Its aim is to bring the very best rates of exchange to the masses and at a very low cost.  

WeSwap founder Jared Jesner

WeSwap founder Jared Jesner

WeSwap founder Jared Jesner

What is WeSwap?

Jared: WeSwap is a peer-to-peer travel money service. Instead of sourcing currency from banks, our technology automatically exchanges currency between users heading in opposite directions. Users spend with the WeSwap Mastercard abroad, or can order cash.

JARED JESNER, CV

After graduating in Theoretical Physics from UCL, Jared went into payments and finance, gaining a strong foundation in banking at JP Morgan and Dresdner Kleinwort where he traded currency derivatives. 

Following this, he was selected for a fast track management program with Royal Dutch Shell. 

In this role, Jared had responsibility for both developing technology strategy and its implementation across the globe, with a strong focus on payments.

Jared, 38, now lives with his wife and three children – a boy and two twin girls – in Borehamwood.

Ultimately we help travellers get much better rates when they spend abroad, because we cut out many of the middlemen involved in the typical travel money supply chain. 

No one else in world operates a peer-to-peer travel money platform for holidaymakers.

Where did the idea come from?

Jared: The idea came from a combination of my experience as a currency trader – where I saw first-hand the rates banks exchanged at – and my time managing an international team at Shell.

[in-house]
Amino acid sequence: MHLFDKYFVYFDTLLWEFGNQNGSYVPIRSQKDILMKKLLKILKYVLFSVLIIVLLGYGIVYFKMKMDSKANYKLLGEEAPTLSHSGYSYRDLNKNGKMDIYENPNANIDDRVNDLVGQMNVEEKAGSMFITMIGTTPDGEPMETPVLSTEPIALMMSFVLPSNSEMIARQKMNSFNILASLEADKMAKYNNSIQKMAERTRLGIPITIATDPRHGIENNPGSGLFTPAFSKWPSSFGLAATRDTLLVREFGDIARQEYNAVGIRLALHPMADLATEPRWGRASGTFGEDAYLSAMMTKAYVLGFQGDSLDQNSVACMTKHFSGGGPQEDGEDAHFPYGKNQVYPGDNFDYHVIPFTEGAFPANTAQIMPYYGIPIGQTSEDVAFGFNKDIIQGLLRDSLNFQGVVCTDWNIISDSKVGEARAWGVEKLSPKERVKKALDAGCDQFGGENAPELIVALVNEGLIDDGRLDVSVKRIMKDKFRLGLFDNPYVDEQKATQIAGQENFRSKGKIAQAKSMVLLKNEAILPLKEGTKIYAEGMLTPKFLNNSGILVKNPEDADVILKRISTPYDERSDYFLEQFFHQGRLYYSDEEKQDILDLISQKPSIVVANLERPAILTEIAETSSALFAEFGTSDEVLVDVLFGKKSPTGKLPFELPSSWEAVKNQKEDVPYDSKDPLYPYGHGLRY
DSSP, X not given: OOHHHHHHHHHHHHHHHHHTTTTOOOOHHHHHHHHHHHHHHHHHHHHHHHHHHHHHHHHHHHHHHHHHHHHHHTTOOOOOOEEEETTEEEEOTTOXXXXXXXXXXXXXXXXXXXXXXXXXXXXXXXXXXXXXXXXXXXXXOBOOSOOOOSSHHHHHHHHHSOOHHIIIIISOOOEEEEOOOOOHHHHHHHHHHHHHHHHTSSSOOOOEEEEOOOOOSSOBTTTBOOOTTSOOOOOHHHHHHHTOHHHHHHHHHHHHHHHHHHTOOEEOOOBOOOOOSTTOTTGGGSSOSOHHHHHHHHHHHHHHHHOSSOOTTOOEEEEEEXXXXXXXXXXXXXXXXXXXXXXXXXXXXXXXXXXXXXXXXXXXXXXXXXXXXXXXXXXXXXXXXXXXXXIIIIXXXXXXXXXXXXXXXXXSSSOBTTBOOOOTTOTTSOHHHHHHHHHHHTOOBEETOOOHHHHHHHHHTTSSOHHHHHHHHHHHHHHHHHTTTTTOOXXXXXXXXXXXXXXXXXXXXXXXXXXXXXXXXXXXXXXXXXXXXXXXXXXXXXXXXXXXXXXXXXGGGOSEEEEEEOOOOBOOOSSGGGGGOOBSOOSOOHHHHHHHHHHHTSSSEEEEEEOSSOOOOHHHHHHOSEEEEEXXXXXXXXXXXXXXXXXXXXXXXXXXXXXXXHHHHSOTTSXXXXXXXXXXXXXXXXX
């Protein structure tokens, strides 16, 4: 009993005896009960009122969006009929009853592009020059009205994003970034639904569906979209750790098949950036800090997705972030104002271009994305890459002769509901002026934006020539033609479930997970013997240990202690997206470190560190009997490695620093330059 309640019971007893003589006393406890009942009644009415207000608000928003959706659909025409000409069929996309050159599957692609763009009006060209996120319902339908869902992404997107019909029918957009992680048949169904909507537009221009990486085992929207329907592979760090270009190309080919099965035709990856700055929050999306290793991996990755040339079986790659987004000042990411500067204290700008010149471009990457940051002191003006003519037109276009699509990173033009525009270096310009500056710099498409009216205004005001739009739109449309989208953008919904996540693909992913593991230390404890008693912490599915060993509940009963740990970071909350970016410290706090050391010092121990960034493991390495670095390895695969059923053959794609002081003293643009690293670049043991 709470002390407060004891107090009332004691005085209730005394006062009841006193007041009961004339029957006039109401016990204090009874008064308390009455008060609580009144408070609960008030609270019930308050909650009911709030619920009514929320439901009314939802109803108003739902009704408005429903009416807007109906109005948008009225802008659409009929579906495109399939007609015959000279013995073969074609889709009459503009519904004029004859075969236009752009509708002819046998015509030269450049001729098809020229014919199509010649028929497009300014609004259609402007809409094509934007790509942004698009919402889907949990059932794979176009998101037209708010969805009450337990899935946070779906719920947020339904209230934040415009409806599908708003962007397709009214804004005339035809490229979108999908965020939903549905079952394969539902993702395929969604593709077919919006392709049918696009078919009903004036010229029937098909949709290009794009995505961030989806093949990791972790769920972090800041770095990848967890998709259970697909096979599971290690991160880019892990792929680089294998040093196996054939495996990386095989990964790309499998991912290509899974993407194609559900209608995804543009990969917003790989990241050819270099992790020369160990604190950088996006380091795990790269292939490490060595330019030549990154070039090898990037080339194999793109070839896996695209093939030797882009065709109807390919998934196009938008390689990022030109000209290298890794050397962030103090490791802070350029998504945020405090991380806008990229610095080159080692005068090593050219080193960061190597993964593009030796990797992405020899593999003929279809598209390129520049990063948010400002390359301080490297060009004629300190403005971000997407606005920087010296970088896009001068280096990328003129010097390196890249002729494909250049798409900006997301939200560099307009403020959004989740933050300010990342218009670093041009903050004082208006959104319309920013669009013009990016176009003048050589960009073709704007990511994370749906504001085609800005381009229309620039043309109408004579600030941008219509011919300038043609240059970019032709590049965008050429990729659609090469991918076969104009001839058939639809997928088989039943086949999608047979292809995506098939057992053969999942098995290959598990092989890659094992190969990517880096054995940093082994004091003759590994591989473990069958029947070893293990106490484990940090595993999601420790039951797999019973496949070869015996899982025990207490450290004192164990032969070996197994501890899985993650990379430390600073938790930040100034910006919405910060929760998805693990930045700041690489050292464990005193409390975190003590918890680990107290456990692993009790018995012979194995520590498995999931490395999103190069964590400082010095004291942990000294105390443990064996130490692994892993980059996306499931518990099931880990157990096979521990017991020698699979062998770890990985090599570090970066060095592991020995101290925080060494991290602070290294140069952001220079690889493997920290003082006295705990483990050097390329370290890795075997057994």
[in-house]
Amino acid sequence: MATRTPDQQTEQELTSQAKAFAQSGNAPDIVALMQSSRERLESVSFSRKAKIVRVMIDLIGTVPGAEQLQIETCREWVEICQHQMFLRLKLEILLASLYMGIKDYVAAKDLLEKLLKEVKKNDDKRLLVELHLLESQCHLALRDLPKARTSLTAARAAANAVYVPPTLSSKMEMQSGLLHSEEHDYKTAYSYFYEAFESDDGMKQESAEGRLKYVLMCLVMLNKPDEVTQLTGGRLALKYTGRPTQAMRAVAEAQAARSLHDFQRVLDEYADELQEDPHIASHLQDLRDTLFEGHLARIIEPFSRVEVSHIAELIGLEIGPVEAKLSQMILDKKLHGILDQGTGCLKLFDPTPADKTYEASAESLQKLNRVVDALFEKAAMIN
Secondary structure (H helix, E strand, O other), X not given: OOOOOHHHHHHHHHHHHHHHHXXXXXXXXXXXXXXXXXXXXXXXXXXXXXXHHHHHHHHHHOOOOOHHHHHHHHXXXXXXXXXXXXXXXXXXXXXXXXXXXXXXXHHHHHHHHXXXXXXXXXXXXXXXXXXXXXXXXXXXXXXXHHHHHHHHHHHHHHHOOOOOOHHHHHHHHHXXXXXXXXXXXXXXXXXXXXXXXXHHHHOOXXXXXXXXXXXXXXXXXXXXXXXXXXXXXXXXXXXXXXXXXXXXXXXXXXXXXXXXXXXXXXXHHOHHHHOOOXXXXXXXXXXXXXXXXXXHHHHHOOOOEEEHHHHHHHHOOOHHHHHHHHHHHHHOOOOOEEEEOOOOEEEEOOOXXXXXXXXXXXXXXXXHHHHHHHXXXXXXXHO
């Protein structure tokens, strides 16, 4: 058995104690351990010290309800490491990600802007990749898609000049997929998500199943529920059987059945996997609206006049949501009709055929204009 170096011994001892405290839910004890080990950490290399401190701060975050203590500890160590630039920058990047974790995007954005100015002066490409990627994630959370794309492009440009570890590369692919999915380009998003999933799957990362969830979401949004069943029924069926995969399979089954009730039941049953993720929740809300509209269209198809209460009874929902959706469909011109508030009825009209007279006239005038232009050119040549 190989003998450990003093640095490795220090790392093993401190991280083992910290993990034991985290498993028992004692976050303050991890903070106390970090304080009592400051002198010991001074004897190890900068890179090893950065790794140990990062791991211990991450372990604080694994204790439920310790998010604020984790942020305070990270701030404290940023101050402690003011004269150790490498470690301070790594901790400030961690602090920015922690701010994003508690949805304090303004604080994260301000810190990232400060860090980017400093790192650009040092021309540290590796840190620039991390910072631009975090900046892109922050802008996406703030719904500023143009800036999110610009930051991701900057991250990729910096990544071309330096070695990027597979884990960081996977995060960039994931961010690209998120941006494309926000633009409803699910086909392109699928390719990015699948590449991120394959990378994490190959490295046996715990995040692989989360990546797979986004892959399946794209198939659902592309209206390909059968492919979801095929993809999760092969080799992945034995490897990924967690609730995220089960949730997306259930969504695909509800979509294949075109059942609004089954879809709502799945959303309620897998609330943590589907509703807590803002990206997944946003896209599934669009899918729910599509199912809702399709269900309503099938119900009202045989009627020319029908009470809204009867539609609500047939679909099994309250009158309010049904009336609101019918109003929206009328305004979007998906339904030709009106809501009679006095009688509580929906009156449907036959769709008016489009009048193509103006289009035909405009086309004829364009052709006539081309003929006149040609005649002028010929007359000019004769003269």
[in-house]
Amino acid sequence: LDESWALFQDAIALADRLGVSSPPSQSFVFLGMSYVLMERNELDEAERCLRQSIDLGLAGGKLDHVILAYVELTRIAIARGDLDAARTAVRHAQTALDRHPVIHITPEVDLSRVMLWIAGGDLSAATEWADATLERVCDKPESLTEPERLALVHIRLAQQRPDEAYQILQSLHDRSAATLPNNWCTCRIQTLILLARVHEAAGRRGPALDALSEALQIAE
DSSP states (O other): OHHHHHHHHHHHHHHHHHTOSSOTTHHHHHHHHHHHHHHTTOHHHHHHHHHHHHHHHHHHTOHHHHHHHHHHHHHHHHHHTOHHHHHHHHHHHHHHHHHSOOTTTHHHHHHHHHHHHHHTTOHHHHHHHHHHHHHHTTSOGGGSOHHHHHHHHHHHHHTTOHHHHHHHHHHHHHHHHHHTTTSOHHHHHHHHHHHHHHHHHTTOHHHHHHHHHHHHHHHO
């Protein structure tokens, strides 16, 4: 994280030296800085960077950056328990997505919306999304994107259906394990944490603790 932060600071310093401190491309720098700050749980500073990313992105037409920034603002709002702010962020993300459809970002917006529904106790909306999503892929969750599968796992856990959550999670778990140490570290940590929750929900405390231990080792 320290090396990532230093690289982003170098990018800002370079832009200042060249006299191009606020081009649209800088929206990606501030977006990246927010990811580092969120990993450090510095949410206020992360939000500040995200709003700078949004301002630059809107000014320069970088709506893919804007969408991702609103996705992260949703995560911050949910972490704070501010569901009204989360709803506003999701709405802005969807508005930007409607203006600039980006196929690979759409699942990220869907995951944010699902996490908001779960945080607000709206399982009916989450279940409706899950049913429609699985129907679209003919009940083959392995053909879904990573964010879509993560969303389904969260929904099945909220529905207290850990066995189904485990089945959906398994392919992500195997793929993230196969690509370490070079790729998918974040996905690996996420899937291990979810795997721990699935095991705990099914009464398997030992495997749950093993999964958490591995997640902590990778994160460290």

At Shell we were constantly travelling, exchanging currency back and forth, and I started thinking, this is mad: why are we buying currency, when we could just be swapping? 

I researched the idea, looked at the way money flowed globally, saw there was a business case and figured out a way to make it work. My exposure to the payments industry at Shell solidified how the WeSwap idea could all work in practice.

So I quit my job and WeSwap launched to market in 2015. It was started to address what I saw as a huge inefficiency and a profound lack of transparency in the foreign exchange space.

How does WeSwap work?

THE FINE PRINT 

WeSwap offers a card that matches travellers up with others who need to change currency and uses an app. 

It says that it always uses the real mid-market exchange rate and the amount you pay depends on how quickly you need the money. 

Instantly costs 1.4 per cent, in three days costs 1.3 per cent and in one week costs 1 per cent. 

Up to two withdrawals worth more than £200 are free per day. 

You can swap for free when you invite friends.